All About Wine and Grape Varieties.

Wine and GrapeWine and Grape

Wine is a living beverage unless it has been pasteurized.  Dr. Pasteur has determined that wine is the safest of all alcoholic beverages but only if consumed in    moderate quantities and regularly. Approximately 300 – 350 ml of wine per day is considered moderate and safe. For females 250 ml. is recommended.  Even the Romans were aware of the medicinal properties of wine, and forced their legionnaires to mix wine with their water in an attempt to eliminate harmful bacteria contained in their drinking water.  For this reason, all legionnaires were forced to plant vines in occupied territories.  This activity created meaningful work for soldiers and also provided the wine for their daily ration, because at the time transportation was both an arduous and time consuming undertaking.

In essence, wine lovers owe a lot to Romans, for they were the ones who introduced vitiviniculture in various parts of Europe, namely Switzerland, Germany, certain parts of France, Austria, Hungary and even England. Other nations before the Romans had already introduced vitiviniculture to Spain, Portugal, and southern France, but here again, Romans have been instrumental in expanding existing vine regions.  Thanks to the Greeks through whom Romans learned vitiviniculture.  In fact, Greeks called the Roman Empire more precisely today’s Italy Enotria (wine land)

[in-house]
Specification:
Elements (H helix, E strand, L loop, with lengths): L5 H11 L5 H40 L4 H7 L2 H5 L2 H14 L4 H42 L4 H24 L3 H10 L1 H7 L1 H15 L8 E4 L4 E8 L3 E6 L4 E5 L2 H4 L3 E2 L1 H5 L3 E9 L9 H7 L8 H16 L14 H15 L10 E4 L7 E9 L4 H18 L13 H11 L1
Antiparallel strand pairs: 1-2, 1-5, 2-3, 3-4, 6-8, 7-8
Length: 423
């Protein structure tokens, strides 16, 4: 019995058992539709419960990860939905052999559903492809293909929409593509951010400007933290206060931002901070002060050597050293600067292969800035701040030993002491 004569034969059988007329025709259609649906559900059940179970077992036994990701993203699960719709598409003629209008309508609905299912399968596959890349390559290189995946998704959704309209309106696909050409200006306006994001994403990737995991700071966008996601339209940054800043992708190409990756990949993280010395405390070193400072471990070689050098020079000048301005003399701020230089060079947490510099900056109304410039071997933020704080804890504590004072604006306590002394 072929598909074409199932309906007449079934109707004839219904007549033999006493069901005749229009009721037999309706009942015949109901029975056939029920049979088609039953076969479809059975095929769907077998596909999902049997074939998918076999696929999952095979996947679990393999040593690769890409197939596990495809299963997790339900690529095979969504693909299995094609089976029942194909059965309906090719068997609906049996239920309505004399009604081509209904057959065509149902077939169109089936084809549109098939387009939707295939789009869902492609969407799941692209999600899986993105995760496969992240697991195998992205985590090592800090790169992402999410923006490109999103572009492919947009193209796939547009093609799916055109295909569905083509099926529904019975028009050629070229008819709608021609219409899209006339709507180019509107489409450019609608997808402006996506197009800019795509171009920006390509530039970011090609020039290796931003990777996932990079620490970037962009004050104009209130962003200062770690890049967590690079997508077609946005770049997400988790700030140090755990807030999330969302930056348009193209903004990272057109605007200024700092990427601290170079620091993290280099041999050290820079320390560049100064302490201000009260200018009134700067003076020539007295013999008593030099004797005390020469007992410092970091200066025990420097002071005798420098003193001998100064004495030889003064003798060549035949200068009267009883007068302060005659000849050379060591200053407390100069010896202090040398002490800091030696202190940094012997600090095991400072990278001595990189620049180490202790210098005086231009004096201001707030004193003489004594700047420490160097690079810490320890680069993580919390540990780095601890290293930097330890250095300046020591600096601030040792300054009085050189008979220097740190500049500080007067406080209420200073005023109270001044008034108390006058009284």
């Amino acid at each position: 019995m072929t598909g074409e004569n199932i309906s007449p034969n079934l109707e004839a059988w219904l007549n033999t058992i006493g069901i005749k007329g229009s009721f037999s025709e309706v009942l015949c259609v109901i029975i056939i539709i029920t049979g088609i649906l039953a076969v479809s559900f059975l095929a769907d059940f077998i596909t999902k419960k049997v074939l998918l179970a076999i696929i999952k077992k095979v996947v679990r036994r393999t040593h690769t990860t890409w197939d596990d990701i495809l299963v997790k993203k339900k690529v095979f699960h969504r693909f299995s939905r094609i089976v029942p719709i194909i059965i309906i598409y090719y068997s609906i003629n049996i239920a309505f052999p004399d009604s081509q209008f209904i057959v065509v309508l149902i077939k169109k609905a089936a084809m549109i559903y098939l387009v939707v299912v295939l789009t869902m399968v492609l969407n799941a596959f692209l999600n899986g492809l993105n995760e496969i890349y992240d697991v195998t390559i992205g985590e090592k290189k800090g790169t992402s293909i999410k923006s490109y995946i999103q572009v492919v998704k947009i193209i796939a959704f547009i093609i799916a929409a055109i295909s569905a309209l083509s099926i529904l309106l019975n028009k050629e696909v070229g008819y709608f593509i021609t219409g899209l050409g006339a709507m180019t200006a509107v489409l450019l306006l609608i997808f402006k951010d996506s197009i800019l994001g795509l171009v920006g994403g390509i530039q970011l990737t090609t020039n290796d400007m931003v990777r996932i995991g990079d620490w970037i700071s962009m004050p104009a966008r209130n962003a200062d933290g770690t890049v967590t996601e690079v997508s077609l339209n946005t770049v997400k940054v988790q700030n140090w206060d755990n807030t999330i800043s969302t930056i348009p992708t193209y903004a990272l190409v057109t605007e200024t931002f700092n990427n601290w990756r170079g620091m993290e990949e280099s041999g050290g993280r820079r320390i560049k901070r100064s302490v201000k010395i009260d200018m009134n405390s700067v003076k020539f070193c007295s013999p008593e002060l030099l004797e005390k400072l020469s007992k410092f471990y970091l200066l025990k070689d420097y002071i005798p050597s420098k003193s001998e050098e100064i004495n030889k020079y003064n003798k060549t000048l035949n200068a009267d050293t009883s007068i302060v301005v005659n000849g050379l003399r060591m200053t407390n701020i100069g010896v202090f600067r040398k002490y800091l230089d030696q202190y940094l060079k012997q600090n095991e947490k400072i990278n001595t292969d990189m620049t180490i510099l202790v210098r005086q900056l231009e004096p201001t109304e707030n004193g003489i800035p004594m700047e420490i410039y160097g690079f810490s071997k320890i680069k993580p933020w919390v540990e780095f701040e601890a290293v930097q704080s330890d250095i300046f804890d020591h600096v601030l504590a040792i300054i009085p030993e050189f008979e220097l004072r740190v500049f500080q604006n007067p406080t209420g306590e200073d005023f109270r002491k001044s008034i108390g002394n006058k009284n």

Factors influencing the quality of wine:

There are several factors that influence the quality of the wine and are in order of importance:

  • The grape
  • The soil
  • The climate (the combination of soil and climate is called terroir)
  • The winemaker  and technology he/she employs

All of the above in that order contribute largely to the quality  of the wine.  It

has been said often that wine is made in the field.  No winemaker, regardless of his/her  expertise and dedication, can produce an outstanding wine from unsuitable grapes.  Wine making is like cooking, you cannot produce good wine from faulty or unsuitable fruit.  Table grapes are generally unsuitable for wine making, although exceptions, as always, exist.  For example, Muscat or Palomino grapes can be successfully used as table grapes and for wine making.


There are thousands (over 8,000) of grape varieties and hundreds of hybrids that have been created by hybridizers.  Experts still experiment  to create grape varieties either to be disease resistant, or to possess aromas and tastes that are more pleasing, or those that ripen early, or are winter hardy, or high yielding. Although there are thousands of grape varieties, only a handful are esteemed and widely used by winemakers and  commonly appreciated by connoisseurs.

The following varieties are widely planted in various regions and/or countries with success:



Synonyms:    Blanc Fume, Surin, Fie, Muskat Sylvaner.Fie.